As far as I've understood, if you try to issue a HTTP request with a spoofed IP address, then the TCP handshake fails, so it's not possible to complete the HTTP request, because the SYN/ACK from the server doesn't reach the evil client ...
...in most cases. But let's now mostly disregard these four cases:
- Man in the middle (MITM) attacks
- The case when the evil client controls the network of the Web server
- The case when the evil client fakes another IP on its own local network
- BGP attacks
Then I can indeed trust the IP address of a HTTP request?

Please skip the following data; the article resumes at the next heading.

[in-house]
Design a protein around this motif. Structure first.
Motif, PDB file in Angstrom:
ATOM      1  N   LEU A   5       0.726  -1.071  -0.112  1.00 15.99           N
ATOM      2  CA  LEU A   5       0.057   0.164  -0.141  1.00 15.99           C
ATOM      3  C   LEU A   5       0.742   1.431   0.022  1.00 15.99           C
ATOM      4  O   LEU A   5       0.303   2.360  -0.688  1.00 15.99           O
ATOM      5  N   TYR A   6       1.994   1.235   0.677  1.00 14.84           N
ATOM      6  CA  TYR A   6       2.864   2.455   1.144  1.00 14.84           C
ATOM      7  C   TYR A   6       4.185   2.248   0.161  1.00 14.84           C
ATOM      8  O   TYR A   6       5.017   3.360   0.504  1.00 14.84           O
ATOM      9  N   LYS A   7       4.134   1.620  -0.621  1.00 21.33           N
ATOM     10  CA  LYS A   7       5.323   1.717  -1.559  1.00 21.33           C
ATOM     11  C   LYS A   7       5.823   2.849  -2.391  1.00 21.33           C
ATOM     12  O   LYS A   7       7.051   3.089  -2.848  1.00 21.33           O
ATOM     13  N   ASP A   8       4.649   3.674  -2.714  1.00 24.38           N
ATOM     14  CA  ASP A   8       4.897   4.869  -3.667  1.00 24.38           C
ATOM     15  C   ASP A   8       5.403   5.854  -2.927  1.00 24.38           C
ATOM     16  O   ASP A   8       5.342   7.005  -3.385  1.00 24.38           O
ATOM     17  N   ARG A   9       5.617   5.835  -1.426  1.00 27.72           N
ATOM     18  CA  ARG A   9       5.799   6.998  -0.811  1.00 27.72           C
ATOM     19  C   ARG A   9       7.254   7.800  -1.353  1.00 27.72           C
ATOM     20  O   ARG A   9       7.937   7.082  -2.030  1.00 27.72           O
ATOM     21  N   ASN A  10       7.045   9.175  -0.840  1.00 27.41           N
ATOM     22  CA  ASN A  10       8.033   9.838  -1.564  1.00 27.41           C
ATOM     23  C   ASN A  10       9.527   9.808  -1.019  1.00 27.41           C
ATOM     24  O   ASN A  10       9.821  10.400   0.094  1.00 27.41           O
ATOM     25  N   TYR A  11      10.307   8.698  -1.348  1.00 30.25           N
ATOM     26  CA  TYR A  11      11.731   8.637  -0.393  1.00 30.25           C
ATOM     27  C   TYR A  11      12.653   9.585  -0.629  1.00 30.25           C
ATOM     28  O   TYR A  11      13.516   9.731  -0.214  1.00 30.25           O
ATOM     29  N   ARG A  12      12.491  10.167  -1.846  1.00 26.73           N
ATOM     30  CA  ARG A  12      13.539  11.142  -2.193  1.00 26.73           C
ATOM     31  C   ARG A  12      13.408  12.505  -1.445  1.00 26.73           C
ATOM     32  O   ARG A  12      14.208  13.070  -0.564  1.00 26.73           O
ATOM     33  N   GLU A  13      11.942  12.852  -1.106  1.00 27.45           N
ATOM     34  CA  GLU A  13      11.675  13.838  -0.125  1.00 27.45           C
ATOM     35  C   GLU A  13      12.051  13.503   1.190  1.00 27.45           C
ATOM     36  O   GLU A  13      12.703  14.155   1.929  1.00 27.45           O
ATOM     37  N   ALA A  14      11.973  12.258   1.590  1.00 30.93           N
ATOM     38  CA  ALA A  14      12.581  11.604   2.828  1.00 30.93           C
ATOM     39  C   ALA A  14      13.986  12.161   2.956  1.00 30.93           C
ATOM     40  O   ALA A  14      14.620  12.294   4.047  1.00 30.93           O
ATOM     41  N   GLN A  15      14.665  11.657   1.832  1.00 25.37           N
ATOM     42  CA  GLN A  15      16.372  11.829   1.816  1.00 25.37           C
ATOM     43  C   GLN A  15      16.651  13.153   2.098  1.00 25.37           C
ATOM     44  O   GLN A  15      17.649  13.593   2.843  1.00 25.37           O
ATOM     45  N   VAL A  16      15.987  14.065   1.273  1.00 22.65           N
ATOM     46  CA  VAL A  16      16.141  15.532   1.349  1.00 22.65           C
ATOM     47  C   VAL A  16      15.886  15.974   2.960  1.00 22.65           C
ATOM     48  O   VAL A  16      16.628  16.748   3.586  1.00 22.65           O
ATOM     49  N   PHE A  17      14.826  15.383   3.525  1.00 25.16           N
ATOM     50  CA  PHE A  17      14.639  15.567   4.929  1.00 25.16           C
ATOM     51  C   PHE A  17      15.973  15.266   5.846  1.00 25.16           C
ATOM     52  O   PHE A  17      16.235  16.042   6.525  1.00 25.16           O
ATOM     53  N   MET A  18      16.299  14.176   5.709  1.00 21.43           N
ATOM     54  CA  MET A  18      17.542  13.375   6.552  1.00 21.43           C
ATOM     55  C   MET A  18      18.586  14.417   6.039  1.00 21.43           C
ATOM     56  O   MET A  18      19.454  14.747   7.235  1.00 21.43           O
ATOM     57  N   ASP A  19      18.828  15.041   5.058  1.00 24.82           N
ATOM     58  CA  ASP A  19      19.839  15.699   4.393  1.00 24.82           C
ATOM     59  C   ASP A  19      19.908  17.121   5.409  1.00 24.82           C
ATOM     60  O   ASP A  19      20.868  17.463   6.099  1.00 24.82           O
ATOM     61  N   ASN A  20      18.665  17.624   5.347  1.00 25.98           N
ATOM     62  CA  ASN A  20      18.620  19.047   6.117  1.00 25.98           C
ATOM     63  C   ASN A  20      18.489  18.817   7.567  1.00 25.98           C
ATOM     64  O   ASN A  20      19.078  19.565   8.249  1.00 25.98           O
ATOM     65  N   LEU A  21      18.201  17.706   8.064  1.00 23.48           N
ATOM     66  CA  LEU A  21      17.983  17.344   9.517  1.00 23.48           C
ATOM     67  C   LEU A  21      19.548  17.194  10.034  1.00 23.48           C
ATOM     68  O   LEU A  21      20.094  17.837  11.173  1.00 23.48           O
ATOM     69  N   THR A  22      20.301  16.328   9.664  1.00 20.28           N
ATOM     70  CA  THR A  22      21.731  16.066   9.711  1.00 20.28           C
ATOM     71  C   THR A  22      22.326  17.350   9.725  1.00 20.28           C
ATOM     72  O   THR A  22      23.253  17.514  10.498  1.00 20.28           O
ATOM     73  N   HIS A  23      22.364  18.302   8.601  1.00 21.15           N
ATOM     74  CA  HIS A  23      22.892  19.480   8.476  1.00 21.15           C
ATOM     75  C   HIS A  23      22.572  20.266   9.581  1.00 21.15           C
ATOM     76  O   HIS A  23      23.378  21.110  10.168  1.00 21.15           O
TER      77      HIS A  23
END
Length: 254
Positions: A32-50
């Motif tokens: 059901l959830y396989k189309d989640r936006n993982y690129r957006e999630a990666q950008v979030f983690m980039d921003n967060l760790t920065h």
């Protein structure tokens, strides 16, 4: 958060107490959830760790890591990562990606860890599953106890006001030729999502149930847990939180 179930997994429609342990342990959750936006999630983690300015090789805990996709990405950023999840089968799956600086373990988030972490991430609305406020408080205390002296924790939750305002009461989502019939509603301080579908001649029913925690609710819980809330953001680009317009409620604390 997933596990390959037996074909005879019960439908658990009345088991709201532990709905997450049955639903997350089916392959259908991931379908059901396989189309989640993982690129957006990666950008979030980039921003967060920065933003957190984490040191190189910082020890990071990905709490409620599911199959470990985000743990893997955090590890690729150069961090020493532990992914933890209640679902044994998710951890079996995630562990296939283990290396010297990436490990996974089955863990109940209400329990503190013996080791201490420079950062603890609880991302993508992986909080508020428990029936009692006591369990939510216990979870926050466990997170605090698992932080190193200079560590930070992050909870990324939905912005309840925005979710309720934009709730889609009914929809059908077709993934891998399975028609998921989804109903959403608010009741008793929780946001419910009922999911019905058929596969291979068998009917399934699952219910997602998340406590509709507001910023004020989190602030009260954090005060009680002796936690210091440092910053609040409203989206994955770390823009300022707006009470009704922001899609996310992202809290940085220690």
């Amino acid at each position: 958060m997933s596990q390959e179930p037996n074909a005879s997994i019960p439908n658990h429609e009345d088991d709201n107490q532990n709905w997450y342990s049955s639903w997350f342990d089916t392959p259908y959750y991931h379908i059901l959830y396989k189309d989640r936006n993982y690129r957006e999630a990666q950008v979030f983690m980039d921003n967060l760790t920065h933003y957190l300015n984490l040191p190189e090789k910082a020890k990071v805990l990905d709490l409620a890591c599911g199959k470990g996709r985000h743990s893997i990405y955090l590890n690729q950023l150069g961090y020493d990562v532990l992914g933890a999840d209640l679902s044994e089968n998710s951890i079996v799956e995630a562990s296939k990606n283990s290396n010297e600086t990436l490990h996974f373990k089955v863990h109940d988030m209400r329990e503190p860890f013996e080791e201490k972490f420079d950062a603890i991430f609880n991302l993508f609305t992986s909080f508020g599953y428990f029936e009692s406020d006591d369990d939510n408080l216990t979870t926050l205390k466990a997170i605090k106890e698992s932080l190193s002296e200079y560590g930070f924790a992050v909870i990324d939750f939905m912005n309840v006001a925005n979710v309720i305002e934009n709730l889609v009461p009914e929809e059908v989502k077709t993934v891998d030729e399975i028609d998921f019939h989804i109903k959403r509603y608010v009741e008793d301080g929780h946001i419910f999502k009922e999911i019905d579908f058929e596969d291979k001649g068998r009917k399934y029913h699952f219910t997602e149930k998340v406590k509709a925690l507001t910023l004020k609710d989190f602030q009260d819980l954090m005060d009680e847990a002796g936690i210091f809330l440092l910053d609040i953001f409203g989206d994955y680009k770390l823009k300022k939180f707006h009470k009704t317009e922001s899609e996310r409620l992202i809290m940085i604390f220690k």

Background: I'm thinking about building a map of IP addresses and resource usage, and block IP addresses that consume too much resources. But I'm wondering if there is, for example, some way to fake an infinit number of IP addresses (by issuing successful HTTP requests with faked IPs), so that the Web server's resource-usage-by-IP-buffers grows huge and causes out-of-memory errors.
(Hmm, perhaps an evil Internet router could fake very many requests. But they aren't evil are they. (This would be a MITM attack? That's why I said mostly disregard, above))